Essay by Mary Cullen on Anna Haslam
Anna Haslam (1829–1922)
Anna Haslam was a major figure in the 19th and early 20th-century women’s movement in Ireland. She was born Anna Maria Fisher into a Quaker family in Youghal, county Cork. Quakers (the Religious Society of Friends) were leaders in philanthropy and social reform, and, of all the Christian denominations, the most favourable to equality between the sexes. Anna was educated at the Quaker boarding school for girls and boys at Newtown in county Waterford and later at a Quaker school in Yorkshire.
In 1854 she married Thomas Haslam, also from a Quaker family from Mountmellick, and in 1858 they came to live in Dublin. Thomas was a committed supporter of women’s rights and a co-worker with his wife throughout a long and happy marriage. His health broke down in 1866 and for forty years Anna was the breadwinner, running a fancy goods shop in Rathmines.
The 19th-century women’s movement emerged in the context of the economic, political and intellectual developments of the late 18th and early 19th centuries. These included: the industrial revolution and the expansion of commerce, trade, finance and the professions; the growth of the middle class in numbers and wealth and the movement of middle-class men into political office and power, while middle-class women were increasingly confined to the ‘private sphere’.
Enlightenment thinking which stressed the equality of all rational human beings brought more democratic ideas to bear on the tradition of republican citizenship based on the co-operation of free autonomous citizens to create the common good while evangelical religion emphasised the role of women as guardians of morality in the family and society.
These all interacted in the upsurge of female philanthropy which brought large numbers of middle and upper-class women outside the home to organise action for the physical and moral benefit of the less advantaged in society. It is no coincidence that the pioneering Irish women’s rights campaigners came from backgrounds in philanthropy. Their driving force was the assertion that women were autonomous human persons with both the right and responsibility to direct their own lives, develop their individual potential and share in shaping the direction of society.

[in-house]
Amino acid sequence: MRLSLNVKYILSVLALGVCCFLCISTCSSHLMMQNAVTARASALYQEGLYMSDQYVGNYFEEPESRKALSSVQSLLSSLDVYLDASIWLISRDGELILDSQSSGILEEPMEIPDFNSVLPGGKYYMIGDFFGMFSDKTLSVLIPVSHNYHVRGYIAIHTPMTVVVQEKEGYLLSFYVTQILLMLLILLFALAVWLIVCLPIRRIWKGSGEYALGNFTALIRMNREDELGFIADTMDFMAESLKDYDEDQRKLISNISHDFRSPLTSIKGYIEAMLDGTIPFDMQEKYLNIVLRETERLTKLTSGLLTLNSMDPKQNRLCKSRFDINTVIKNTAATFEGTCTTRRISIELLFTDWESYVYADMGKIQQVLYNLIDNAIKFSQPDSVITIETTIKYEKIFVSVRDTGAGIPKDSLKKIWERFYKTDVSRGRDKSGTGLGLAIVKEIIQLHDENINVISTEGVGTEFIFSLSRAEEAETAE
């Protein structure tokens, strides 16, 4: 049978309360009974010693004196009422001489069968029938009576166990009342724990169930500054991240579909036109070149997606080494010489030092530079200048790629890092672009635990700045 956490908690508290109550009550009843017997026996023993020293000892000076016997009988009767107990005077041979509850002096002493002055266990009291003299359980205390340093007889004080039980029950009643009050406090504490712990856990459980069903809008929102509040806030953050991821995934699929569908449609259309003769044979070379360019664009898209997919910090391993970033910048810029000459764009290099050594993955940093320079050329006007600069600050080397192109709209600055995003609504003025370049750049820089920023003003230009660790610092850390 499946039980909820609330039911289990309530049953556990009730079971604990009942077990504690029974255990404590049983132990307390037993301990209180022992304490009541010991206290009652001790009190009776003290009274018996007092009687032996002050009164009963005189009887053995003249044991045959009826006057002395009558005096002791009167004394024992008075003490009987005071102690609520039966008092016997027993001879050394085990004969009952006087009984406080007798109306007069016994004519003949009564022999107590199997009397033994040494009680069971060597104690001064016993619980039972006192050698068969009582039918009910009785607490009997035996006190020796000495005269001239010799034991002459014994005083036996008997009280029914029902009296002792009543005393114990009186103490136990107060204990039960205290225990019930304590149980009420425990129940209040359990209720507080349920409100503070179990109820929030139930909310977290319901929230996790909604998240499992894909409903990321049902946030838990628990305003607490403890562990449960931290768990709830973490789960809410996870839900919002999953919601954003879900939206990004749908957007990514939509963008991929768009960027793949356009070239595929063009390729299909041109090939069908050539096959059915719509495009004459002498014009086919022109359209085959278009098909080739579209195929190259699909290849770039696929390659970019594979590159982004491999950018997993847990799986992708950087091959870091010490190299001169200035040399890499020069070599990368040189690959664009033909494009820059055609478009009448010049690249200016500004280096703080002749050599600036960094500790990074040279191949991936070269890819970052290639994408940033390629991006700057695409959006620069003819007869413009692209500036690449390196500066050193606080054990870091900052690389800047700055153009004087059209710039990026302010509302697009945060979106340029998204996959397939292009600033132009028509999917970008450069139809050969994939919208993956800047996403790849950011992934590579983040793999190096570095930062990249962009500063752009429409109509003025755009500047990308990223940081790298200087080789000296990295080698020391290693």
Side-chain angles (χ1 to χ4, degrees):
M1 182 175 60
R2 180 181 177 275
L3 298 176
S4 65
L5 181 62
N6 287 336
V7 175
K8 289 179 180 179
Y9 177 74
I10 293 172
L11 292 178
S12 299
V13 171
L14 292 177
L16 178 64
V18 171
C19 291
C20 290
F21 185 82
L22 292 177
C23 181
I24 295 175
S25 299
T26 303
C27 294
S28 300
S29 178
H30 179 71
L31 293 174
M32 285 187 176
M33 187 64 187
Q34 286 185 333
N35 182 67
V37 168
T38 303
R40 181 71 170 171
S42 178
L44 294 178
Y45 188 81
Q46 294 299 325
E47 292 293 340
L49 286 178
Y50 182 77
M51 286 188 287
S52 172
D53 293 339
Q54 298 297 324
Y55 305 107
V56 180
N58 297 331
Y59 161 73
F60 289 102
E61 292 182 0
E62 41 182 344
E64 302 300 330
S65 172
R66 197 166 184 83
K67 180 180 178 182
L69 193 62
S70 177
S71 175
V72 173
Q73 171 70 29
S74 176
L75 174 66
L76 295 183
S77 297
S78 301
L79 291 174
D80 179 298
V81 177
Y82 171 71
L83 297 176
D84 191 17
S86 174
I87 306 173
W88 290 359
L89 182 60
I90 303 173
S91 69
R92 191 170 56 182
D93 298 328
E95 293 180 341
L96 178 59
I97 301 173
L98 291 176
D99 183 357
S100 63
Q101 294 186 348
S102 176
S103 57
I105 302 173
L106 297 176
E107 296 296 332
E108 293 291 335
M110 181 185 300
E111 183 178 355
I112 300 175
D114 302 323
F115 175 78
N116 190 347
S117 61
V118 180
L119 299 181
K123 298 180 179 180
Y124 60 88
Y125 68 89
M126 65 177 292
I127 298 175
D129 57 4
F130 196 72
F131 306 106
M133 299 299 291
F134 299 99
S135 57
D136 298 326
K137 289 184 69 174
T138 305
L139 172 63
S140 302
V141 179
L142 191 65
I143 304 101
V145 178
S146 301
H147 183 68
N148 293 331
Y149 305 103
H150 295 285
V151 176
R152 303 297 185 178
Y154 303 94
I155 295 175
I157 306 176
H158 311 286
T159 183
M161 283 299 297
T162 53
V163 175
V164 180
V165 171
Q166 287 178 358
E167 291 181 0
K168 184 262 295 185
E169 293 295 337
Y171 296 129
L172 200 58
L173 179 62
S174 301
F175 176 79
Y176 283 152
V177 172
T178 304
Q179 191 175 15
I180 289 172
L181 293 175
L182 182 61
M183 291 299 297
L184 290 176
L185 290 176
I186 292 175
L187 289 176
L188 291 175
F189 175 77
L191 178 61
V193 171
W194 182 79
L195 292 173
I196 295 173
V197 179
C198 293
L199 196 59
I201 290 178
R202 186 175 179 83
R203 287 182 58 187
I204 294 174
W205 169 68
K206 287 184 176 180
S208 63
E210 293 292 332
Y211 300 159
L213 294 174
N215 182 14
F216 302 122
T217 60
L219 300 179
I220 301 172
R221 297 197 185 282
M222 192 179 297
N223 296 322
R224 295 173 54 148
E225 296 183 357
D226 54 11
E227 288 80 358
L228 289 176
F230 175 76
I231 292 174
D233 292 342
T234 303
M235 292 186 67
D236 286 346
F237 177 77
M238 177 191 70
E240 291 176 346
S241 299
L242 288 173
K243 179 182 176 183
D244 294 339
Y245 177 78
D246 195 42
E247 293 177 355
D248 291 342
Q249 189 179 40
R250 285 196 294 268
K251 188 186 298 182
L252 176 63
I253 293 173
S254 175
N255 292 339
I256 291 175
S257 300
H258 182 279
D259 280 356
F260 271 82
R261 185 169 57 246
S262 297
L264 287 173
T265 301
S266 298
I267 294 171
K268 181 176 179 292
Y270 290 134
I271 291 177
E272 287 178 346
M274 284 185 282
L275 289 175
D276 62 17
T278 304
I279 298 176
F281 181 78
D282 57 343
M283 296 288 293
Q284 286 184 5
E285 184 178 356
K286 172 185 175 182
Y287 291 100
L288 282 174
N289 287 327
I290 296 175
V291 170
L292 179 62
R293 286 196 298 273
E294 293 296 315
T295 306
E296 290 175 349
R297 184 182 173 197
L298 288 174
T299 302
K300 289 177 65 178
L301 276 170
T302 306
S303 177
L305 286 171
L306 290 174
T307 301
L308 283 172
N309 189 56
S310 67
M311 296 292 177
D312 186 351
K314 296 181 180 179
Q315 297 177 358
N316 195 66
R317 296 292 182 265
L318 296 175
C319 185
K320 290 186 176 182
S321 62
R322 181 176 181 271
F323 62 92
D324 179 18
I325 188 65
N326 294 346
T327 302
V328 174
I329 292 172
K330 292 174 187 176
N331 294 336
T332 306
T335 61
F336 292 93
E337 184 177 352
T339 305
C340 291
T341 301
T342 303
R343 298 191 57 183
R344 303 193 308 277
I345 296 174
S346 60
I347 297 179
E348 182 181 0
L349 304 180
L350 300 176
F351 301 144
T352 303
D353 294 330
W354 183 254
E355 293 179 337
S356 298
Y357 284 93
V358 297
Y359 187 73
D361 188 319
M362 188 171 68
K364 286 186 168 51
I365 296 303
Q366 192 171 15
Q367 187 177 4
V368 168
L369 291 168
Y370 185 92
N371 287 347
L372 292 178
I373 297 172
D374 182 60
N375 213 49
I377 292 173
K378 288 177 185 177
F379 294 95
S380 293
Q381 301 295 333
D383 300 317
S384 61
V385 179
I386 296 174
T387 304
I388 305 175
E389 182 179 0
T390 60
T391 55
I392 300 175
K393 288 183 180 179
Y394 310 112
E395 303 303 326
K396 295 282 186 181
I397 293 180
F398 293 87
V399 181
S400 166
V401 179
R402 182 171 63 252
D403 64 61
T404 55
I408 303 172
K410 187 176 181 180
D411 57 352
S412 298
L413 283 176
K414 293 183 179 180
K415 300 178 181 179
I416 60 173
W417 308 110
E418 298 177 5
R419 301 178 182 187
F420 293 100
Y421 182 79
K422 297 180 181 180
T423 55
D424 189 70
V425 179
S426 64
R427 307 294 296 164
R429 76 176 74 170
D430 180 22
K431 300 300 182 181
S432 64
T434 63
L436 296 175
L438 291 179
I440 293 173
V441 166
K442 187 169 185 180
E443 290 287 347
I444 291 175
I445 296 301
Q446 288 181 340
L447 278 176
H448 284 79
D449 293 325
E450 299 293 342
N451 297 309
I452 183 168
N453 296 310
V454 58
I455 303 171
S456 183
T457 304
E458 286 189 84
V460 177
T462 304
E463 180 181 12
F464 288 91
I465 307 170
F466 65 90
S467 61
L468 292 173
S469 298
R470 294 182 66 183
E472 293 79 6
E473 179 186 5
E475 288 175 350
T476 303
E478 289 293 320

The Irish pioneers appear to have been virtually all middle class, Protestant in religion and unionist in politics. Ireland was part of the United Kingdom of Great Britain and Ireland and the early women’s rights activists had a close relationship with their English counterparts. They shared the same general disabilities under the common law and largely similar discrimination in education, employment, sexual double standards and political participation.
Most reforms for any part of the UK required legislation by the all-male parliament at Westminster. To many nationalists, the feminist campaigns appeared to have an English importation and so nationalist and Catholic women were more likely to be active in Catholic Emancipation, Repeal of the Union, Young Ireland, the Fenians, the Land League and Land War and the Ladies Land League.
Starting in the mid-19th century, four main feminist campaigns developed in Ireland, running more or less concurrently and all related to the overall objective. In those for married women’s control of their property and for repeal of the Contagious Diseases Acts, action in Ireland was essentially part of an English-based campaign. In those for educational reform and the parliamentary franchise, the campaigns operated in different political contexts and were more separate.
The married women’s property campaign targeted the legal right of husbands under the common law to control, use and dispose of their wives’ inherited or earned wealth, the only exception being the alienation of property in land. The law drastically curtailed the power of married women of all classes to make decisions about their own lives and encouraged the education of middle-class girls towards the acquisition of accomplishments likely to lead to advantageous marriage rather than intellectual development and economic independence.
In the case of the Contagious Diseases Acts, passed in the 1860s to regulate prostitution in areas where the army or navy was stationed, feminists opposed them on two grounds.
Firstly, state regulation gave recognition, and thus implied approval, to prostitution which they saw as a threat to family life, and secondly, the acts imposed a double sexual standard which did not touch the men involved but treated the women as commodities to be, in the words of the English leader, Josephine Butler, periodically cleansed and recycled as ‘clean harlots for the army and navy.’
Education was another crucial issue for developing women’s self-esteem and potential and in equipping them for their role in reforming society. Here the campaign aimed to upgrade girls’ secondary education so that it stressed intellectual development rather than accomplishment, and to gain entry to the universities, degrees, the higher professions and better paid employments generally.
Anna Haslam was active in all these campaigns, and saw them all as vital for women’s advancement and mission. However, she is best remembered today for her work for votes for women. The parliamentary franchise was important both as a recognition of women’s citizenship and as empowering them to reform society through influencing legislation.